hide Matching Documents

The documents where this entity occurs most often are shown below. Click on a document to open it.

Document Max. Freq Min. Freq
Rebellion Record: a Diary of American Events: Documents and Narratives, Volume 9. (ed. Frank Moore) 465 3 Browse Search
Alfred Roman, The military operations of General Beauregard in the war between the states, 1861 to 1865 382 0 Browse Search
William Tecumseh Sherman, Memoirs of General William T. Sherman . 375 5 Browse Search
Benson J. Lossing, Pictorial Field Book of the Civil War. Volume 3. 344 2 Browse Search
Rebellion Record: a Diary of American Events: Documents and Narratives, Volume 11. (ed. Frank Moore) 303 1 Browse Search
General Joseph E. Johnston, Narrative of Military Operations During the Civil War 283 1 Browse Search
Rebellion Record: a Diary of American Events: Documents and Narratives, Volume 10. (ed. Frank Moore) 274 2 Browse Search
Southern Historical Society Papers, Volume 8. (ed. Reverend J. William Jones) 267 1 Browse Search
Horace Greeley, The American Conflict: A History of the Great Rebellion in the United States of America, 1860-65: its Causes, Incidents, and Results: Intended to exhibit especially its moral and political phases with the drift and progress of American opinion respecting human slavery from 1776 to the close of the War for the Union. Volume II. 253 1 Browse Search
John Bell Hood., Advance and Retreat: Personal Experiences in the United States and Confederate Armies 250 0 Browse Search
View all matching documents...

Browsing named entities in John G. Nicolay, A Short Life of Abraham Lincoln, condensed from Nicolay and Hayes' Abraham Lincoln: A History. You can also browse the collection for J. B. Hood or search for J. B. Hood in all documents.

Your search returned 18 results in 3 document sections:

apture of Atlanta Hood Supersedes Johnston Hood's invasion of Tennessee Franklin and Nashvilld appointed one of his corps commanders, General J. B. Hood, in his place; whose personal qualities tachment sent to dislodge Sherman was defeated, Hood had no alternative but to order an evacuation. ants with their effects, arranging a truce with Hood under which he furnished transportation to the he north those who preferred that destination. Hood raised a great outcry against what he called suifty miles more from Chattanooga to Nashville. Hood, held at bay at Lovejoy's Station, was not stroilitary judgment of Hood. Between these two Hood's eccentric and futile operations against Shermovember 30; and when, in spite of this reverse, Hood pushed forward and set his army down before Nasssion, he had been preparing himself ever since Hood left him a clear path by starting westward on hand provisions that were essential to Lee's and Hood's armies. With pardonable exultation General S[6 more...]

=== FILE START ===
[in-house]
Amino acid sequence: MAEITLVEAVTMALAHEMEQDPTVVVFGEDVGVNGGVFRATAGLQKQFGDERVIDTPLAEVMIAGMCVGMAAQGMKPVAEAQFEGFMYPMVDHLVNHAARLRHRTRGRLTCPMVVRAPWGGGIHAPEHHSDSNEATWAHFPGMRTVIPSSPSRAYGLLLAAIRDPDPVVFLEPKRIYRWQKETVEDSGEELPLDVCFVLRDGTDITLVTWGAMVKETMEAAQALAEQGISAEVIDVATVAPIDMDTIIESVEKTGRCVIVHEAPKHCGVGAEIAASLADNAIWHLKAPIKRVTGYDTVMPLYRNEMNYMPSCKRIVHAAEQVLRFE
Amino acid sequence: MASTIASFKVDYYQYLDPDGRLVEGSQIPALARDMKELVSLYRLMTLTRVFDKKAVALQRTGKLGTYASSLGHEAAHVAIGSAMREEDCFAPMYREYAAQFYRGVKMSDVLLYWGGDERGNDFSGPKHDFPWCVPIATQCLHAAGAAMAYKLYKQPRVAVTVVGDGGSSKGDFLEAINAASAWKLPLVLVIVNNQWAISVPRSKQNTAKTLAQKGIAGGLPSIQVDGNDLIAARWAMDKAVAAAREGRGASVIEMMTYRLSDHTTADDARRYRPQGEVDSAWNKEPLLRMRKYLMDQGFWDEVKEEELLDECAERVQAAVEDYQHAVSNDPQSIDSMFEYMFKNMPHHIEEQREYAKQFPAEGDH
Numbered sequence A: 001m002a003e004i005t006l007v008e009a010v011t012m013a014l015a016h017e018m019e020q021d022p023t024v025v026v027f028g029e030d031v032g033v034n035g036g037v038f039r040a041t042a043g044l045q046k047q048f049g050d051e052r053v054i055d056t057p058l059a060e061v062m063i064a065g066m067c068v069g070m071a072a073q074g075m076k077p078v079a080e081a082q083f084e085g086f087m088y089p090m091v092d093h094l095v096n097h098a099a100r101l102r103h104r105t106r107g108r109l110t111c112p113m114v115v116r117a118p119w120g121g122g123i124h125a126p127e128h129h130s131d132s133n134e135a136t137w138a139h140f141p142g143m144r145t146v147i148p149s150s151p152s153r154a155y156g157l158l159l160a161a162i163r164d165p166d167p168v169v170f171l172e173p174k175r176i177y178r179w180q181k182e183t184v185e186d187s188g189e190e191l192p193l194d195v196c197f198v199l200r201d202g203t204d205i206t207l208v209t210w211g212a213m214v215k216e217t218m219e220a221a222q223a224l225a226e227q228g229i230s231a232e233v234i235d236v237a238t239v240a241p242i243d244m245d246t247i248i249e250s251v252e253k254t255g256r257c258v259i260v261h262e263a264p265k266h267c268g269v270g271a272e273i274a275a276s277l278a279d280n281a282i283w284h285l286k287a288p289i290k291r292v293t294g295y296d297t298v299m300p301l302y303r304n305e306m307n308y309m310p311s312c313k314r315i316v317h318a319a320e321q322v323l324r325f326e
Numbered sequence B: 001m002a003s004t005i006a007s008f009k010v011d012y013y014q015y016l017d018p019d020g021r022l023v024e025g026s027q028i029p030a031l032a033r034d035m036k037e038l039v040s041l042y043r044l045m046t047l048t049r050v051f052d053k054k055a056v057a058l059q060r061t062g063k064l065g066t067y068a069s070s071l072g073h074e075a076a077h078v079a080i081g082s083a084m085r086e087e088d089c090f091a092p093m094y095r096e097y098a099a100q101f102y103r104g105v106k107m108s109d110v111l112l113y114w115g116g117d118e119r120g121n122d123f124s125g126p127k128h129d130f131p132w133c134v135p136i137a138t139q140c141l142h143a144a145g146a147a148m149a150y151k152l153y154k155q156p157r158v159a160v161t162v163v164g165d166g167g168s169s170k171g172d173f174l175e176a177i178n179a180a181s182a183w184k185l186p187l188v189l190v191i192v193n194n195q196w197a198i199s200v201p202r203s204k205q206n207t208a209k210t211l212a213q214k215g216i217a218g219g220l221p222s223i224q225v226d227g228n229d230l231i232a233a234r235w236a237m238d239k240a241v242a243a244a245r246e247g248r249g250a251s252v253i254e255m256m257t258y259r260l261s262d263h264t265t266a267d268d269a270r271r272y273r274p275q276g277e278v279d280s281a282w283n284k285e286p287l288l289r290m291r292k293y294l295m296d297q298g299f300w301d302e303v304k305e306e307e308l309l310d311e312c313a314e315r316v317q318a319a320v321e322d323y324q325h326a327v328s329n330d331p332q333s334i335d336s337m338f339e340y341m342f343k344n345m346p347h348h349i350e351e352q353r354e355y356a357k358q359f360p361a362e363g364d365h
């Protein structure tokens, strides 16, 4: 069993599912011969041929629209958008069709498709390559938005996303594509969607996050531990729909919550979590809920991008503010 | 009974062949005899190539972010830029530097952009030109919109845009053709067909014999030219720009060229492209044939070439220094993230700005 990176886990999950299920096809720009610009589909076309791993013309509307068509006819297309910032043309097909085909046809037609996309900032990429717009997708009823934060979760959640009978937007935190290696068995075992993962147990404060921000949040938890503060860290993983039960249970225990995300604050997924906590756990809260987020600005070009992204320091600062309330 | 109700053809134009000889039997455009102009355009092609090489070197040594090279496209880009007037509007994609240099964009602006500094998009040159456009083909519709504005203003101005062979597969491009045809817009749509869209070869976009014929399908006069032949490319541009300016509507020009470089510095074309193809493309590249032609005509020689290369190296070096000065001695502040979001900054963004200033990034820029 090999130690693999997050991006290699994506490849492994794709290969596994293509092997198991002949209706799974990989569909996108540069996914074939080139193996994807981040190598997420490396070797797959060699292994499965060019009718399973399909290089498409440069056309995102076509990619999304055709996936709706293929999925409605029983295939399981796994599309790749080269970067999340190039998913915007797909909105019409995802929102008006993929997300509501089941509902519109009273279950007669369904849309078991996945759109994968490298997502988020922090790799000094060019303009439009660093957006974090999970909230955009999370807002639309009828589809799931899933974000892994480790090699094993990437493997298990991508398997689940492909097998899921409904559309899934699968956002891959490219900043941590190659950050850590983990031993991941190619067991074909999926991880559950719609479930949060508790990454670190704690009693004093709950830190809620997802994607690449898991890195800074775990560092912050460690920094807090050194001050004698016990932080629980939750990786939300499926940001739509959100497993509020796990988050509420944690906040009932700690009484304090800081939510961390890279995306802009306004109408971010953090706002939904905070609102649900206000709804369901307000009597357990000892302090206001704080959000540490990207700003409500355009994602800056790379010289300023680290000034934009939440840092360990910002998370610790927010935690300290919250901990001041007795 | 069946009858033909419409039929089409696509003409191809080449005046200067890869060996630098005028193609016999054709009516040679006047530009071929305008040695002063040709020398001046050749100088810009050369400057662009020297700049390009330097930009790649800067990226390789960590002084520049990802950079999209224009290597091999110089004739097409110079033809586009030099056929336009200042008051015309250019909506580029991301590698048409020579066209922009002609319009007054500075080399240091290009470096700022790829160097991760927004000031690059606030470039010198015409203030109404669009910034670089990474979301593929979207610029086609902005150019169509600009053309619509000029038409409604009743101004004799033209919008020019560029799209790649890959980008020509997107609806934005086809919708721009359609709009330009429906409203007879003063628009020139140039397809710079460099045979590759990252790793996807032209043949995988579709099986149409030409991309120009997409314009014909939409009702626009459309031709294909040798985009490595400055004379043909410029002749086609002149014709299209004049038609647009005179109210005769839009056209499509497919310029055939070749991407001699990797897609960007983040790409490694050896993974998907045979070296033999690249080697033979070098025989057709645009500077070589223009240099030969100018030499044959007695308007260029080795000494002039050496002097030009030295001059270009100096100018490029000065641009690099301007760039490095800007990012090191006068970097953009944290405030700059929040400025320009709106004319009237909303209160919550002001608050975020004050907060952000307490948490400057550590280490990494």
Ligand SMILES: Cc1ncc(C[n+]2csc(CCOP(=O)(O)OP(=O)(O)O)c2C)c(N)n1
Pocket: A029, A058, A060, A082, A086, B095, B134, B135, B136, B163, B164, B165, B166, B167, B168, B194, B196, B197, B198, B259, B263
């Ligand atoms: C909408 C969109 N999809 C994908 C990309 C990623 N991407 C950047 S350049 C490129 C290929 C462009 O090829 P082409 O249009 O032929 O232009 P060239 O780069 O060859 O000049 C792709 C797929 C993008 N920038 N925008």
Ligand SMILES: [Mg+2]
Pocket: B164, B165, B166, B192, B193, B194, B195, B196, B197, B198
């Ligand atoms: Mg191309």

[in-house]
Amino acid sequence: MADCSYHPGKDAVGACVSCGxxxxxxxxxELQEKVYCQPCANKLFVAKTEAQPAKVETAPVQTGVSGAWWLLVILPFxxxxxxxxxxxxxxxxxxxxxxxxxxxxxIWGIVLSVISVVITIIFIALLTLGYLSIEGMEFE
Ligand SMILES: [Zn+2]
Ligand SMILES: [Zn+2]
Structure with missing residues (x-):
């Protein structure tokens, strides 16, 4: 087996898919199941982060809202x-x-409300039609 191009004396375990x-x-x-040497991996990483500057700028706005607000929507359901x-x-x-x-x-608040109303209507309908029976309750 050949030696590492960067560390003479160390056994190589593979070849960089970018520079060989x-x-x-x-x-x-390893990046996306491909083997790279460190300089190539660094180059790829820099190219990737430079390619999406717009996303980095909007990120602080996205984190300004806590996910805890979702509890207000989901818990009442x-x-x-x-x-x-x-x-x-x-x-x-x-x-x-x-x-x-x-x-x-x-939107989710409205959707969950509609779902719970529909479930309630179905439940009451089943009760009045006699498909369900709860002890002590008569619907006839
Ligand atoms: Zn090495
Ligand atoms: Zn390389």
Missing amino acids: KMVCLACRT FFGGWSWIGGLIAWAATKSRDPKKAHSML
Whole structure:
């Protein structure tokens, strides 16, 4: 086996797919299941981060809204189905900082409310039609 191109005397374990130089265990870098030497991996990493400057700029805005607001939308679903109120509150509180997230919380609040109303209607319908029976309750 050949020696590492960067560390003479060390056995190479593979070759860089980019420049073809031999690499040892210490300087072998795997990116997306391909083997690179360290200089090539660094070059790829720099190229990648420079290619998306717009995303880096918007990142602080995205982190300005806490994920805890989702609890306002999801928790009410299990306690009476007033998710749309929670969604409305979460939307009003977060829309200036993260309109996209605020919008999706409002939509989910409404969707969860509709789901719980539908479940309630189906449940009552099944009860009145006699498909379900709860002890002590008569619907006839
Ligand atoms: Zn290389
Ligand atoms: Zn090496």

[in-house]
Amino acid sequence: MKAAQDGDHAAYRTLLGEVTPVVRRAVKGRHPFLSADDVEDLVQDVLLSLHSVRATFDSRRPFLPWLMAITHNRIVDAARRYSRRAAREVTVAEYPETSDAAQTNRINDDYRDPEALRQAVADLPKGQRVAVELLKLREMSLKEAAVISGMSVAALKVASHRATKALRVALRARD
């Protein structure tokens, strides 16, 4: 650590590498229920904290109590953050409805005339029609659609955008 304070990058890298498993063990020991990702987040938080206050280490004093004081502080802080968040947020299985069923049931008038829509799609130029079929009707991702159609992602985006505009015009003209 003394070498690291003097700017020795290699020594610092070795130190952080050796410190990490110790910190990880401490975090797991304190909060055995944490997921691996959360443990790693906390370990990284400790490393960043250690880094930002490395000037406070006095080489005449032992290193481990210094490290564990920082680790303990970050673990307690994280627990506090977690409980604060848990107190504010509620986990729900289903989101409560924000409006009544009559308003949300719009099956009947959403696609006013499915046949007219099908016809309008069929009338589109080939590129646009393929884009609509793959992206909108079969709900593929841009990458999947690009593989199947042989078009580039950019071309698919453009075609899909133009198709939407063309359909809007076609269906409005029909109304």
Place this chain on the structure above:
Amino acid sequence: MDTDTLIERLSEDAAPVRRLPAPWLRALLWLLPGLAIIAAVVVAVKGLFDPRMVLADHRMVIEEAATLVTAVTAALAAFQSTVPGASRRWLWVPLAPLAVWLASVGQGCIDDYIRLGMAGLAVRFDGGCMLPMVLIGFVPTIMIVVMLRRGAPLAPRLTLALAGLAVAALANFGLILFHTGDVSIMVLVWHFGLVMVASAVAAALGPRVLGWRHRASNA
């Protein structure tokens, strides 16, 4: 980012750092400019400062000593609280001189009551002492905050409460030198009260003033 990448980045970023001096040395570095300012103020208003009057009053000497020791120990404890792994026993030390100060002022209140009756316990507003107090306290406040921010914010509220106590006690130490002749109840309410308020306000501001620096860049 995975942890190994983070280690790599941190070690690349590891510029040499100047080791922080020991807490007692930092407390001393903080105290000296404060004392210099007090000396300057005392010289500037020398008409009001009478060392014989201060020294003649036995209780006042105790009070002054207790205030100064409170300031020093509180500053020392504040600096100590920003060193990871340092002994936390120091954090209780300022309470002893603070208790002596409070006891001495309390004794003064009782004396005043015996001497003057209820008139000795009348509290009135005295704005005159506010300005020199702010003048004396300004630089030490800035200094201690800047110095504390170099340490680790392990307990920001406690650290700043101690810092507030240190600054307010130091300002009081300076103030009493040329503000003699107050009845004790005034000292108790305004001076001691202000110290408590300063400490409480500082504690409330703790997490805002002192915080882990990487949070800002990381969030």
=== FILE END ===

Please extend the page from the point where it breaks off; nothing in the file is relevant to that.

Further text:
you have declared in favor of emancipation in Tennessee, for which, may God bless you. Get emancipation into your new State government-constitution-and there will be no such word as fail for your case. In another letter of September 19, the President sent the governor specific authority to execute the. scheme outlined in his letter of advice; but no substantial success had yet been reached in the process of reconstruction in Tennessee during the year 1864, when the Confederate army under Hood turned northward from Atlanta to begin its third and final invasion of the State. This once more delayed all work of reconstruction until the Confederate army was routed and dispersed by the battle of Nashville on December 15, 1864. Previous popular action had called a State convention, which, taking immediate advantage of the expulsion of the enemy, met in Nashville on January 9, 1865, in which fifty-eight counties and some regiments were represented by about four hundred and sixty-seven d
le you represent, I accept the nomination. His only possible chance of success lay, of course, in his war record. His position as a candidate on a platform of dishonorable peace would have been no less desperate than ridiculous. But the stars in their courses fought against the Democratic candidates. Even before the convention that nominated them, Farragut had won the splendid victory of Mobile Bay; during the very hours when the streets of Chicago were blazing with Democratic torches, Hood was preparing to evacuate Atlanta; and the same newspaper that printed Vallandigham's peace platform announced Sherman's entrance into the manufacturing metropolis of Georgia. The darkest hour had passed; dawn was at hand, and amid the thanksgivings of a grateful people, and the joyful salutes of great guns, the presidential campaign began. When the country awoke to the true significance of the Chicago platform, the successes of Sherman excited the enthusiasm of the people, and the Union